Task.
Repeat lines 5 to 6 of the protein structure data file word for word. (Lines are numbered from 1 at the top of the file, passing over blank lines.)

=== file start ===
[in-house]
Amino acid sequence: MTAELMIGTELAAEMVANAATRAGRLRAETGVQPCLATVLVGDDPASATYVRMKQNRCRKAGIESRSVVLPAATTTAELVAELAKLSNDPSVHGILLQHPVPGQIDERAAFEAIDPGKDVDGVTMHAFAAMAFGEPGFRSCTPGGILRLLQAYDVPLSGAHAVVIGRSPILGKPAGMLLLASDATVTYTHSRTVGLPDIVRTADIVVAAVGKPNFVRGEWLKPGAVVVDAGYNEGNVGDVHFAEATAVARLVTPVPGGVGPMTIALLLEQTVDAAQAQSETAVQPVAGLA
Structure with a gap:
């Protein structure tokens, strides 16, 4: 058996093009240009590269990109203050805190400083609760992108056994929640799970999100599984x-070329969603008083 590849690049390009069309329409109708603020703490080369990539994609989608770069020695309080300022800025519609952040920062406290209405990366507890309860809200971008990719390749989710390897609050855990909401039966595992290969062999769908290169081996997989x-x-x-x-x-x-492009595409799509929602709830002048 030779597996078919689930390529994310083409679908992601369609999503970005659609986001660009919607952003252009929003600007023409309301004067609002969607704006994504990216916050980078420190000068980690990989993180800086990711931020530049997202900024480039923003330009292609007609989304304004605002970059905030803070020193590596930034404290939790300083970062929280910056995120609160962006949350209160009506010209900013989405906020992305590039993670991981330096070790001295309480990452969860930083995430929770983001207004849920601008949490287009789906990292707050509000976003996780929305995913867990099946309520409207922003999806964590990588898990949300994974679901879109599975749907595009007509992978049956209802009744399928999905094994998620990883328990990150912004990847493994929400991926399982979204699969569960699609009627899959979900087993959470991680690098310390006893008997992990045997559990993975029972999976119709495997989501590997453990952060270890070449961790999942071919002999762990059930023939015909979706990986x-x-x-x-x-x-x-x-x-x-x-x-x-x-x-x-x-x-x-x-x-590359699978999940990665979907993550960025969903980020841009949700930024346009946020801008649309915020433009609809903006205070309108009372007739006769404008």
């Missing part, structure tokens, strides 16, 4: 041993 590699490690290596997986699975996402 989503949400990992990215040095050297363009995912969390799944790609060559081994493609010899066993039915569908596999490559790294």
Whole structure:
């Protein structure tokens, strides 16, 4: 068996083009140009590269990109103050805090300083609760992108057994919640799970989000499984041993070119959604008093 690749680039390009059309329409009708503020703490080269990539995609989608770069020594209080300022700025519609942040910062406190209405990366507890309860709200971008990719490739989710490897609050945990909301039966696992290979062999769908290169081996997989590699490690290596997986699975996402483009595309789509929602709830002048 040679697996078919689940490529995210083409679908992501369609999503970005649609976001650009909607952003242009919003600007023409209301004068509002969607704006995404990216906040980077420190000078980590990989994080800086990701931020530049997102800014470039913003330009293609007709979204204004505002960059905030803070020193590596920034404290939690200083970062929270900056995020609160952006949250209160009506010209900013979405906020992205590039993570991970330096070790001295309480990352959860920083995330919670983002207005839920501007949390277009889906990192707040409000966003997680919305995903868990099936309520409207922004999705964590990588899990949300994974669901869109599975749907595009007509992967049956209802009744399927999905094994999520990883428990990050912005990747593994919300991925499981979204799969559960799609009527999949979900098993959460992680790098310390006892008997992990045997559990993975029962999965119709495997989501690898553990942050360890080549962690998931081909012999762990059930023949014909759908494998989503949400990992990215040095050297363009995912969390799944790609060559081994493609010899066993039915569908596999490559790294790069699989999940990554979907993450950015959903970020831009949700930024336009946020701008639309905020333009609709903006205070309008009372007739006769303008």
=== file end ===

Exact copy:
């Missing part, structure tokens, strides 16, 4: 041993 590699490690290596997986699975996402 989503949400990992990215040095050297363009995912969390799944790609060559081994493609010899066993039915569908596999490559790294």
Whole structure: